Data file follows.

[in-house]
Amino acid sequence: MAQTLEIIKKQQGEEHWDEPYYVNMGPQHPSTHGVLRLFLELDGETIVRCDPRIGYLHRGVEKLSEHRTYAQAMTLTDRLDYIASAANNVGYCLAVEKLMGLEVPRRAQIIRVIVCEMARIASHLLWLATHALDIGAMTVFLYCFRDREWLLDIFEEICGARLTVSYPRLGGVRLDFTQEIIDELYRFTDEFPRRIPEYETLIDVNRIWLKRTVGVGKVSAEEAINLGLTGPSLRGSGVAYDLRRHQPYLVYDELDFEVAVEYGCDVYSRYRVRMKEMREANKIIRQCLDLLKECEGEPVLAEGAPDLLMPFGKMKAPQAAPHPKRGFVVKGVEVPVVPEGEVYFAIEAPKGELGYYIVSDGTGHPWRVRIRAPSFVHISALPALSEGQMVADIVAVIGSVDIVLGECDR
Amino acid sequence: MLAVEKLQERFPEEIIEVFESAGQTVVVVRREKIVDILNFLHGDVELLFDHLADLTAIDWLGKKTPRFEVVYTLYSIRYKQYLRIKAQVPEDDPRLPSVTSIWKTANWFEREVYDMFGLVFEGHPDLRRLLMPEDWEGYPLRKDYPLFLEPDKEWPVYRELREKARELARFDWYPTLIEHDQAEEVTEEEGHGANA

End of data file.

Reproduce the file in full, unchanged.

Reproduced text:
[in-house]
Amino acid sequence: MAQTLEIIKKQQGEEHWDEPYYVNMGPQHPSTHGVLRLFLELDGETIVRCDPRIGYLHRGVEKLSEHRTYAQAMTLTDRLDYIASAANNVGYCLAVEKLMGLEVPRRAQIIRVIVCEMARIASHLLWLATHALDIGAMTVFLYCFRDREWLLDIFEEICGARLTVSYPRLGGVRLDFTQEIIDELYRFTDEFPRRIPEYETLIDVNRIWLKRTVGVGKVSAEEAINLGLTGPSLRGSGVAYDLRRHQPYLVYDELDFEVAVEYGCDVYSRYRVRMKEMREANKIIRQCLDLLKECEGEPVLAEGAPDLLMPFGKMKAPQAAPHPKRGFVVKGVEVPVVPEGEVYFAIEAPKGELGYYIVSDGTGHPWRVRIRAPSFVHISALPALSEGQMVADIVAVIGSVDIVLGECDR
Amino acid sequence: MLAVEKLQERFPEEIIEVFESAGQTVVVVRREKIVDILNFLHGDVELLFDHLADLTAIDWLGKKTPRFEVVYTLYSIRYKQYLRIKAQVPEDDPRLPSVTSIWKTANWFEREVYDMFGLVFEGHPDLRRLLMPEDWEGYPLRKDYPLFLEPDKEWPVYRELREKARELARFDWYPTLIEHDQAEEVTEEEGHGANA